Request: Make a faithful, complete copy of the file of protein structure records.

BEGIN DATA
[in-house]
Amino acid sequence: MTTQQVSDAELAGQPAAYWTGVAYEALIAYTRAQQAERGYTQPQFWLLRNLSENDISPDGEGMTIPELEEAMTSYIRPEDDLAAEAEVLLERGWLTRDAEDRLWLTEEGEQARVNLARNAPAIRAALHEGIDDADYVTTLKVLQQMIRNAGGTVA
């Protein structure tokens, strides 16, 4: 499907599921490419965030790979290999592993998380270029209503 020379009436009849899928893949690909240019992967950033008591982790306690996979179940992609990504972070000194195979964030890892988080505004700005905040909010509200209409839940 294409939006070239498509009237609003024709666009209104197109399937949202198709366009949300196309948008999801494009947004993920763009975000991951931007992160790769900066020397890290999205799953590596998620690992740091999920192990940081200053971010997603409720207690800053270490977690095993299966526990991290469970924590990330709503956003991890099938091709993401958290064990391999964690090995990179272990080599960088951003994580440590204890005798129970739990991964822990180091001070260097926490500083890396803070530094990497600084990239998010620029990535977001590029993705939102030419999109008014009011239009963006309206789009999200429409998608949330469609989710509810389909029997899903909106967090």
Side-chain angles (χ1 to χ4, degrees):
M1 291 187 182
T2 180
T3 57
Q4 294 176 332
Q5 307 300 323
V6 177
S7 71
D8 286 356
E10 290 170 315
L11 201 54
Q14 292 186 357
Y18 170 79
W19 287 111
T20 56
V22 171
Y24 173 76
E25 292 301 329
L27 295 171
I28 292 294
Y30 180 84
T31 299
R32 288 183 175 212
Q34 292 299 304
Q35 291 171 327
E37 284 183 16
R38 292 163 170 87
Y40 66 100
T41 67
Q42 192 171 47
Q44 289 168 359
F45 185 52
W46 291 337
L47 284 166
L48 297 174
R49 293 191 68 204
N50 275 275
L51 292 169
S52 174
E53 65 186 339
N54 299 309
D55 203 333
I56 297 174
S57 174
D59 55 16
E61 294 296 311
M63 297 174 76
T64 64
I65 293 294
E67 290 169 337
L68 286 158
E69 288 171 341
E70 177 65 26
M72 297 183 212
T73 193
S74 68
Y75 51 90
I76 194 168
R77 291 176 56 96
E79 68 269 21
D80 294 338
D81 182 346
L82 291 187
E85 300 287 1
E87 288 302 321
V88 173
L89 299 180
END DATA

[in-house]
Amino acid sequence: MTTQQVSDAELAGQPAAYWTGVAYEALIAYTRAQQAERGYTQPQFWLLRNLSENDISPDGEGMTIPELEEAMTSYIRPEDDLAAEAEVLLERGWLTRDAEDRLWLTEEGEQARVNLARNAPAIRAALHEGIDDADYVTTLKVLQQMIRNAGGTVA
């Protein structure tokens, strides 16, 4: 499907599921490419965030790979290999592993998380270029209503 020379009436009849899928893949690909240019992967950033008591982790306690996979179940992609990504972070000194195979964030890892988080505004700005905040909010509200209409839940 294409939006070239498509009237609003024709666009209104197109399937949202198709366009949300196309948008999801494009947004993920763009975000991951931007992160790769900066020397890290999205799953590596998620690992740091999920192990940081200053971010997603409720207690800053270490977690095993299966526990991290469970924590990330709503956003991890099938091709993401958290064990391999964690090995990179272990080599960088951003994580440590204890005798129970739990991964822990180091001070260097926490500083890396803070530094990497600084990239998010620029990535977001590029993705939102030419999109008014009011239009963006309206789009999200429409998608949330469609989710509810389909029997899903909106967090």
Side-chain angles (χ1 to χ4, degrees):
M1 291 187 182
T2 180
T3 57
Q4 294 176 332
Q5 307 300 323
V6 177
S7 71
D8 286 356
E10 290 170 315
L11 201 54
Q14 292 186 357
Y18 170 79
W19 287 111
T20 56
V22 171
Y24 173 76
E25 292 301 329
L27 295 171
I28 292 294
Y30 180 84
T31 299
R32 288 183 175 212
Q34 292 299 304
Q35 291 171 327
E37 284 183 16
R38 292 163 170 87
Y40 66 100
T41 67
Q42 192 171 47
Q44 289 168 359
F45 185 52
W46 291 337
L47 284 166
L48 297 174
R49 293 191 68 204
N50 275 275
L51 292 169
S52 174
E53 65 186 339
N54 299 309
D55 203 333
I56 297 174
S57 174
D59 55 16
E61 294 296 311
M63 297 174 76
T64 64
I65 293 294
E67 290 169 337
L68 286 158
E69 288 171 341
E70 177 65 26
M72 297 183 212
T73 193
S74 68
Y75 51 90
I76 194 168
R77 291 176 56 96
E79 68 269 21
D80 294 338
D81 182 346
L82 291 187
E85 300 287 1
E87 288 302 321
V88 173
L89 299 180